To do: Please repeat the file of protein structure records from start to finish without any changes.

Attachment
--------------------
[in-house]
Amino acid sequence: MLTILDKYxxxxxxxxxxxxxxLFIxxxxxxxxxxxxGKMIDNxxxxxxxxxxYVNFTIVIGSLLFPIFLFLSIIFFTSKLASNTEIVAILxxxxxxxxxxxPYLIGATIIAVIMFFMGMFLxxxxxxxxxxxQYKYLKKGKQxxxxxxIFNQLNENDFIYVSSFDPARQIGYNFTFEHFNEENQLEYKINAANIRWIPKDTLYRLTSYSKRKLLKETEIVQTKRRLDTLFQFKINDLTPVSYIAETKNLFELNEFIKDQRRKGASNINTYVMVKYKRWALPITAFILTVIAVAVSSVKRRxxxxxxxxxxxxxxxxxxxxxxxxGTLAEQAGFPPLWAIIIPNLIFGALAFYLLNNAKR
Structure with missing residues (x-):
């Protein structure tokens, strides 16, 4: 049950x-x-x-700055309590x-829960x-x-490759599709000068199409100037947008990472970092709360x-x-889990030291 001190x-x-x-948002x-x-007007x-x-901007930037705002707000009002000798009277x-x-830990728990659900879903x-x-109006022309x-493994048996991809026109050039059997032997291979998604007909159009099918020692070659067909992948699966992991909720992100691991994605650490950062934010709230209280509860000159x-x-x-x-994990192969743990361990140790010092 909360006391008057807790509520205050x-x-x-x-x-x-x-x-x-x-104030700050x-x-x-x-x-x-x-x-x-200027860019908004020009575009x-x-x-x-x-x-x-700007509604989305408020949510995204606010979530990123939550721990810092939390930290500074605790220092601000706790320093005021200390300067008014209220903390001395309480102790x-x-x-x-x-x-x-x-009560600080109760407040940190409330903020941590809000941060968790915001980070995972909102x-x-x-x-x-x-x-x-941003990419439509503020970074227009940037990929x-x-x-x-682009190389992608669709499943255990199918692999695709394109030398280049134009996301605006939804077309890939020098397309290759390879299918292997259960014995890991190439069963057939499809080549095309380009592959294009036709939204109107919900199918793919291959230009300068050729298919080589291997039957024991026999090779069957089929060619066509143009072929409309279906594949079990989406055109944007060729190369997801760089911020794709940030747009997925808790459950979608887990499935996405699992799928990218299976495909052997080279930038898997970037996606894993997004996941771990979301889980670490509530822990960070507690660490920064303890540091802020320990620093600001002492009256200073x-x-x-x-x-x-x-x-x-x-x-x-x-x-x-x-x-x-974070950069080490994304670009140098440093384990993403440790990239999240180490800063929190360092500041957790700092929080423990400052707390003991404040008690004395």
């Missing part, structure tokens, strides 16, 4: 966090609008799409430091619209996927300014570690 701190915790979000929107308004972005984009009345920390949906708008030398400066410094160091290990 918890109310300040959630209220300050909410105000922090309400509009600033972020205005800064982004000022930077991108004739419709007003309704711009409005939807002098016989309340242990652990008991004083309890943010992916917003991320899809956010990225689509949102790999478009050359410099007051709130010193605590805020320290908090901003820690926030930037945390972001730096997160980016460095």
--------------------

[in-house]
Amino acid sequence: MLTILDKYxxxxxxxxxxxxxxLFIxxxxxxxxxxxxGKMIDNxxxxxxxxxxYVNFTIVIGSLLFPIFLFLSIIFFTSKLASNTEIVAILxxxxxxxxxxxPYLIGATIIAVIMFFMGMFLxxxxxxxxxxxQYKYLKKGKQxxxxxxIFNQLNENDFIYVSSFDPARQIGYNFTFEHFNEENQLEYKINAANIRWIPKDTLYRLTSYSKRKLLKETEIVQTKRRLDTLFQFKINDLTPVSYIAETKNLFELNEFIKDQRRKGASNINTYVMVKYKRWALPITAFILTVIAVAVSSVKRRxxxxxxxxxxxxxxxxxxxxxxxxGTLAEQAGFPPLWAIIIPNLIFGALAFYLLNNAKR
Structure with missing residues (x-):
């Protein structure tokens, strides 16, 4: 049950x-x-x-700055309590x-829960x-x-490759599709000068199409100037947008990472970092709360x-x-889990030291 001190x-x-x-948002x-x-007007x-x-901007930037705002707000009002000798009277x-x-830990728990659900879903x-x-109006022309x-493994048996991809026109050039059997032997291979998604007909159009099918020692070659067909992948699966992991909720992100691991994605650490950062934010709230209280509860000159x-x-x-x-994990192969743990361990140790010092 909360006391008057807790509520205050x-x-x-x-x-x-x-x-x-x-104030700050x-x-x-x-x-x-x-x-x-200027860019908004020009575009x-x-x-x-x-x-x-700007509604989305408020949510995204606010979530990123939550721990810092939390930290500074605790220092601000706790320093005021200390300067008014209220903390001395309480102790x-x-x-x-x-x-x-x-009560600080109760407040940190409330903020941590809000941060968790915001980070995972909102x-x-x-x-x-x-x-x-941003990419439509503020970074227009940037990929x-x-x-x-682009190389992608669709499943255990199918692999695709394109030398280049134009996301605006939804077309890939020098397309290759390879299918292997259960014995890991190439069963057939499809080549095309380009592959294009036709939204109107919900199918793919291959230009300068050729298919080589291997039957024991026999090779069957089929060619066509143009072929409309279906594949079990989406055109944007060729190369997801760089911020794709940030747009997925808790459950979608887990499935996405699992799928990218299976495909052997080279930038898997970037996606894993997004996941771990979301889980670490509530822990960070507690660490920064303890540091802020320990620093600001002492009256200073x-x-x-x-x-x-x-x-x-x-x-x-x-x-x-x-x-x-974070950069080490994304670009140098440093384990993403440790990239999240180490800063929190360092500041957790700092929080423990400052707390003991404040008690004395």
């Missing part, structure tokens, strides 16, 4: 966090609008799409430091619209996927300014570690 701190915790979000929107308004972005984009009345920390949906708008030398400066410094160091290990 918890109310300040959630209220300050909410105000922090309400509009600033972020205005800064982004000022930077991108004739419709007003309704711009409005939807002098016989309340242990652990008991004083309890943010992916917003991320899809956010990225689509949102790999478009050359410099007051709130010193605590805020320290908090901003820690926030930037945390972001730096997160980016460095």